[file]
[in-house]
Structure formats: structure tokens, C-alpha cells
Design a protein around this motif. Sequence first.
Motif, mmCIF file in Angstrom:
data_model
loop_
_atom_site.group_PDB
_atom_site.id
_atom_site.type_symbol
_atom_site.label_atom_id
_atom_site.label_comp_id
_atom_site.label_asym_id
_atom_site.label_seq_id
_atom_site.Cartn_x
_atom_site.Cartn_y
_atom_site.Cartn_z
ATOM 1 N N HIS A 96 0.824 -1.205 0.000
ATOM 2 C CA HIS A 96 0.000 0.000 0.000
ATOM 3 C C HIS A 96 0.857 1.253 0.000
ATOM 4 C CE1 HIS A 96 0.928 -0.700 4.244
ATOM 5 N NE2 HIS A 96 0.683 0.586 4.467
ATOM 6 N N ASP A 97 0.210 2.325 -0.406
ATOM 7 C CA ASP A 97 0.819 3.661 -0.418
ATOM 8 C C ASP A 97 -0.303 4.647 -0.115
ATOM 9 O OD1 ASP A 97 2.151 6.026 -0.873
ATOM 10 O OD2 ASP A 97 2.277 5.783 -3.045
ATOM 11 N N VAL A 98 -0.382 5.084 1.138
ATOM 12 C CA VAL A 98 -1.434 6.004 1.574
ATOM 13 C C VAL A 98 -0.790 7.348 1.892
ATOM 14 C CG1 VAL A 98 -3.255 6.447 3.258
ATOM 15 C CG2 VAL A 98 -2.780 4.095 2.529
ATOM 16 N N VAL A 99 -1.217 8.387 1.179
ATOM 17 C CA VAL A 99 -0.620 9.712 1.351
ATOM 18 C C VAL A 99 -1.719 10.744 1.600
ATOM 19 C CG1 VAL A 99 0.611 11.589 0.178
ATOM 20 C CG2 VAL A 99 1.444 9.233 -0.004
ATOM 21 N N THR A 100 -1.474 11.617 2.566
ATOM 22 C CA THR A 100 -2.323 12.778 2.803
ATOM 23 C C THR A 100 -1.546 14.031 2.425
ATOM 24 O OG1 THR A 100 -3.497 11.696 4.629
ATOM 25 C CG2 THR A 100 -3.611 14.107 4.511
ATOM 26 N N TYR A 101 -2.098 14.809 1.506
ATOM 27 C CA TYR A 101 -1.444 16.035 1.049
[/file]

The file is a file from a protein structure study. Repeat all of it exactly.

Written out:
[in-house]
Structure formats: structure tokens, C-alpha cells
Design a protein around this motif. Sequence first.
Motif, mmCIF file in Angstrom:
data_model
loop_
_atom_site.group_PDB
_atom_site.id
_atom_site.type_symbol
_atom_site.label_atom_id
_atom_site.label_comp_id
_atom_site.label_asym_id
_atom_site.label_seq_id
_atom_site.Cartn_x
_atom_site.Cartn_y
_atom_site.Cartn_z
ATOM 1 N N HIS A 96 0.824 -1.205 0.000
ATOM 2 C CA HIS A 96 0.000 0.000 0.000
ATOM 3 C C HIS A 96 0.857 1.253 0.000
ATOM 4 C CE1 HIS A 96 0.928 -0.700 4.244
ATOM 5 N NE2 HIS A 96 0.683 0.586 4.467
ATOM 6 N N ASP A 97 0.210 2.325 -0.406
ATOM 7 C CA ASP A 97 0.819 3.661 -0.418
ATOM 8 C C ASP A 97 -0.303 4.647 -0.115
ATOM 9 O OD1 ASP A 97 2.151 6.026 -0.873
ATOM 10 O OD2 ASP A 97 2.277 5.783 -3.045
ATOM 11 N N VAL A 98 -0.382 5.084 1.138
ATOM 12 C CA VAL A 98 -1.434 6.004 1.574
ATOM 13 C C VAL A 98 -0.790 7.348 1.892
ATOM 14 C CG1 VAL A 98 -3.255 6.447 3.258
ATOM 15 C CG2 VAL A 98 -2.780 4.095 2.529
ATOM 16 N N VAL A 99 -1.217 8.387 1.179
ATOM 17 C CA VAL A 99 -0.620 9.712 1.351
ATOM 18 C C VAL A 99 -1.719 10.744 1.600
ATOM 19 C CG1 VAL A 99 0.611 11.589 0.178
ATOM 20 C CG2 VAL A 99 1.444 9.233 -0.004
ATOM 21 N N THR A 100 -1.474 11.617 2.566
ATOM 22 C CA THR A 100 -2.323 12.778 2.803
ATOM 23 C C THR A 100 -1.546 14.031 2.425
ATOM 24 O OG1 THR A 100 -3.497 11.696 4.629
ATOM 25 C CG2 THR A 100 -3.611 14.107 4.511
ATOM 26 N N TYR A 101 -2.098 14.809 1.506
ATOM 27 C CA TYR A 101 -1.444 16.035 1.049